An increased disorder in polycarbonate/monomer Ax with x= 3, 5 layer deposited by spin coating compared to monomer Ax with x= 3, 5 layer deposited by vacuum evaporation is confirmed by the X-ray diffractograms in Figure 25. The peak situated around 28ο corresponding to dinitroaniline is present both in the spectrum of monomer A5 and in the composite based on the same monomer. The film of polycarbonate/A3 deposited on glass is mostly amorphous compared to the vacuum evaporated A3 film. The A3 film shows a small peak situated at 13ο corresponding to cyano aniline and indicating a certain small degree of order (crystallisation) in the vacuum-evaporated film. The X-ray diffractograms have evidenced a preferential orientation of A5 monomer film which is partially preserved in composite polycarbonate/A5 film, compared to A3 and polycarbonate/A3 films showing a substantial disorder [47].

Figure 26.

SEM images of monomers A3 (a) and A5 (d) films vacuum evaporated on glass and composite polycarbonate/A3 (b, c); A5 (e, f) layers deposited by spin coating on glass [47].

The SEM images presented in Figure 26 have evidence a continuous, compact organic layer deposited on glass, with large grain morphology for A5 and smaller grain morphology with lower packing density for A3 [47]. The composite layers have shown morphology characterised by ‘grains’ and ‘grains clusters’ which are homogeneously developed in the polymeric matrix that wets the glass substrate [47].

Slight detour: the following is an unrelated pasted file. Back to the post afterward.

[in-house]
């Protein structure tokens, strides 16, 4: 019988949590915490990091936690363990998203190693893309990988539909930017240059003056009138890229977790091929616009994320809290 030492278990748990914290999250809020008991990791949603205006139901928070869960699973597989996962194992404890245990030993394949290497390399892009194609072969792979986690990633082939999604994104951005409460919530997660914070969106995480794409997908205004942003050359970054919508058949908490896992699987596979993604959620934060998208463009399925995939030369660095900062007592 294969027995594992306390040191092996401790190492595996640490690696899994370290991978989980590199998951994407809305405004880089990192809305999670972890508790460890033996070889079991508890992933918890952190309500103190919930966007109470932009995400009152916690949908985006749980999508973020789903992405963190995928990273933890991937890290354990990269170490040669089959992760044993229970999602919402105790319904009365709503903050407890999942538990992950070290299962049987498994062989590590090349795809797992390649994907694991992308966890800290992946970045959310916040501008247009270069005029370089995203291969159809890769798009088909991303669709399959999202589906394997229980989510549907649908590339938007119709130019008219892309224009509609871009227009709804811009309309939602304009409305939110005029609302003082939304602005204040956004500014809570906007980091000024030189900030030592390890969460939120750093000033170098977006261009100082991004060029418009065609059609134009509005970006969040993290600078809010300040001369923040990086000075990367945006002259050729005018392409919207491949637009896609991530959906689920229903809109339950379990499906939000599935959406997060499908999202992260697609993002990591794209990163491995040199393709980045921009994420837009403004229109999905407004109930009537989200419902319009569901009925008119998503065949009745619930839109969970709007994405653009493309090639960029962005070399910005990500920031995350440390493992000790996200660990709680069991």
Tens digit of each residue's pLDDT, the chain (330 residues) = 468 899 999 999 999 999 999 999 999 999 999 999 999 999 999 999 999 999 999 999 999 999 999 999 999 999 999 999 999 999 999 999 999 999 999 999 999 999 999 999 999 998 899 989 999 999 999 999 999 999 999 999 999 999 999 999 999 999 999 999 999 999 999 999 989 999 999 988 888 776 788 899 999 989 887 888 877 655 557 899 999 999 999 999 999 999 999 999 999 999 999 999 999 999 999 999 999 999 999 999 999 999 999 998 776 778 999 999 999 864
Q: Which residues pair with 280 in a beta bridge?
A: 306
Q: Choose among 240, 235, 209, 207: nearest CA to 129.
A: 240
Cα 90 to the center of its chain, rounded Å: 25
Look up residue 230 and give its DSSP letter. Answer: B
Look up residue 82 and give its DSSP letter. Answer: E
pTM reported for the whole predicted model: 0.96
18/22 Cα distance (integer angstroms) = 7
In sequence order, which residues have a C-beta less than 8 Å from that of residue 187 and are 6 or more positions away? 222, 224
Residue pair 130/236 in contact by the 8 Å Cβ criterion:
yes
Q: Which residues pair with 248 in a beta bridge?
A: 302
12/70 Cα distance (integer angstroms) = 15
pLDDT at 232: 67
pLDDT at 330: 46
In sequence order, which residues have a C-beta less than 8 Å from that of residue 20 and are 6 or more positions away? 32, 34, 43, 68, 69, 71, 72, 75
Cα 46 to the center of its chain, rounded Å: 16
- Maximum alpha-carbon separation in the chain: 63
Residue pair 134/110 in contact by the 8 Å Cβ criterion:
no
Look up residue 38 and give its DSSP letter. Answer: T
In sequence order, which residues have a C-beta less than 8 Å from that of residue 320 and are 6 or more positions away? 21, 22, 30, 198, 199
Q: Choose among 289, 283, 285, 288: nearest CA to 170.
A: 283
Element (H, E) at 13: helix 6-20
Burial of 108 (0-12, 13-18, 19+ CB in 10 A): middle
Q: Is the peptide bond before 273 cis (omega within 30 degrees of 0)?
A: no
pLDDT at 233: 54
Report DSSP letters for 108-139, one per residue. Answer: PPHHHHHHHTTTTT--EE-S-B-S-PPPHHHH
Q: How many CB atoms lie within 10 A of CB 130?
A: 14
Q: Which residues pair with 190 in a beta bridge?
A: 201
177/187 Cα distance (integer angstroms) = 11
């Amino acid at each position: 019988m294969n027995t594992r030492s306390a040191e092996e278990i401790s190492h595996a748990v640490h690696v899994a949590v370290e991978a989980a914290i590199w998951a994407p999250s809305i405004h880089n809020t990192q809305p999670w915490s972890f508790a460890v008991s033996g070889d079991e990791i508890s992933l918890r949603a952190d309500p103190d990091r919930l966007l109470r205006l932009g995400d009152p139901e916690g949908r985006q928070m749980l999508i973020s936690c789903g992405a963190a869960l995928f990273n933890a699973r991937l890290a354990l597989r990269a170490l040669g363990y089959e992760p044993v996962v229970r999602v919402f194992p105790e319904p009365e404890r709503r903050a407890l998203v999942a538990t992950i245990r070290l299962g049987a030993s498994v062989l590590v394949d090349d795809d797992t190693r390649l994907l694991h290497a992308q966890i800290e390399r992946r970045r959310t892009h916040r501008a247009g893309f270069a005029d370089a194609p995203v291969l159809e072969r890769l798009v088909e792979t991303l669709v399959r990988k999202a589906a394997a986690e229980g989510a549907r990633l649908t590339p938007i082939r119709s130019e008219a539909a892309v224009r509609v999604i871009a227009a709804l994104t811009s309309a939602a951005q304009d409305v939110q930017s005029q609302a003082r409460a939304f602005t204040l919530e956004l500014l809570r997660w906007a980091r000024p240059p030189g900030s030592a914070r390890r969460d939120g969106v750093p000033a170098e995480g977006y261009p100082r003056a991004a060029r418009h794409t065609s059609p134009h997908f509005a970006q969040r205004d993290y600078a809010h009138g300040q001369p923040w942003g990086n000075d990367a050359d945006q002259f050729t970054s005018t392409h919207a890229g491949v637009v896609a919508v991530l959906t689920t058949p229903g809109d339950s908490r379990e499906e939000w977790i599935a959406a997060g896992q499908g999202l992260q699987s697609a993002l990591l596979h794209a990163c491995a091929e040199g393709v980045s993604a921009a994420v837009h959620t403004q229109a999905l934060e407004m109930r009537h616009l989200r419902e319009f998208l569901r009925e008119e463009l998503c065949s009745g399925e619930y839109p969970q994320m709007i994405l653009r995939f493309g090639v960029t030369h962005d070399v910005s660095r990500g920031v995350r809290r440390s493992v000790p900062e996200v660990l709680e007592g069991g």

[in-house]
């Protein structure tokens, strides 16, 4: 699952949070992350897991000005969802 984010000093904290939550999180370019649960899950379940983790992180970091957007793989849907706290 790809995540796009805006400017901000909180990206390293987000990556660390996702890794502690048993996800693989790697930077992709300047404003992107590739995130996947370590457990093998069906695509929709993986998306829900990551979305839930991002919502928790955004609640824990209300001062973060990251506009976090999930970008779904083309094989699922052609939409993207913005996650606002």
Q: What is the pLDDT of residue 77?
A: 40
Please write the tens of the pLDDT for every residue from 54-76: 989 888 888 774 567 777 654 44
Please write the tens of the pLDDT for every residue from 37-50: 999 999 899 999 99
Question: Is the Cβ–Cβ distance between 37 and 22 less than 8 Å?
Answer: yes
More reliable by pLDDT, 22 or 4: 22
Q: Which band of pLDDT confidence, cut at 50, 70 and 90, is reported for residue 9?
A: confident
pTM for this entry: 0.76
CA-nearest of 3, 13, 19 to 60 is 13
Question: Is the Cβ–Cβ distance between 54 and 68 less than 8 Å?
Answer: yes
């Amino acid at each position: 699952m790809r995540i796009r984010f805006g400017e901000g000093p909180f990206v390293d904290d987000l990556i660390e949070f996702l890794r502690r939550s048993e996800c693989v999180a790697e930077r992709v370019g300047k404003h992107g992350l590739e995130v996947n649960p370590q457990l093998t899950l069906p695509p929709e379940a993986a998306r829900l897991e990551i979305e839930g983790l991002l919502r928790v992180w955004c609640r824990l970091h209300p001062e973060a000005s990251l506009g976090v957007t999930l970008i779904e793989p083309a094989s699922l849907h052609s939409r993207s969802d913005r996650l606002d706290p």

Figure 27.

ONL effects in monomers (A3, A5) and polycarbonate/monomer (A3, A5) deposited on glass [47].

The emission spectra of the monomers thin films at illumination with a laser beam with λ = 800 nm presented in Figure 27 show an emission peak situated at 400 nm corresponding to SH. This signal is strongly affected by the surface properties like morphology. The larger grain morphology of A5, as shown in Figure 26, is associated with a stronger SH signal because of the lower loss by scattering compared to A3 showing smaller grain morphology. The SH emission is explained by an intense mezomeric effect determined by the difference in electronegativity of the substituent groups and a strong inductive effect between the strongly polarisable chromophoric groups -NO2 and -CN coupled with the polarisable aromatic nucleus [47].

Polycarbonate/A3 and polycarbonate/A5 films show a strong signal situated between 475 and 600 nm attributed to TPF emission together with a decrease in SH signal which is affected by surface morphology of the layers deposited by spin coating. TPF is a volume process and it is not affected by the morphology of the surface [47].

3.3. Thin films based on functionalised copolymers

Another alternative to the inorganic compounds for ONL applications is represented by the polymers showing high non-resonant ONL properties. In polymeric materials containing dipolar chromophores, the macroscopic second-order optical non-linearity could be induced by intramolecular donors-acceptors groups. In these materials, either molecular fragments showing ONL properties are spread in a polymeric matrix or highly colored chromophores are attached covalently in two possible ways, as side chain or intercalated in the backbone of the polymer’s chain [48]. High values of the non-linear coefficients can be obtained in a non-centrosymmetric packing by an acentric alignment of the molecules favoured by the structure of the side groups and/or polymer. This condition can be accomplished by an increased density of chromophores assured by the functionalisation of polymers (copolymers) with molecules containing highly polarisable conjugated electronic clouds [49, 41].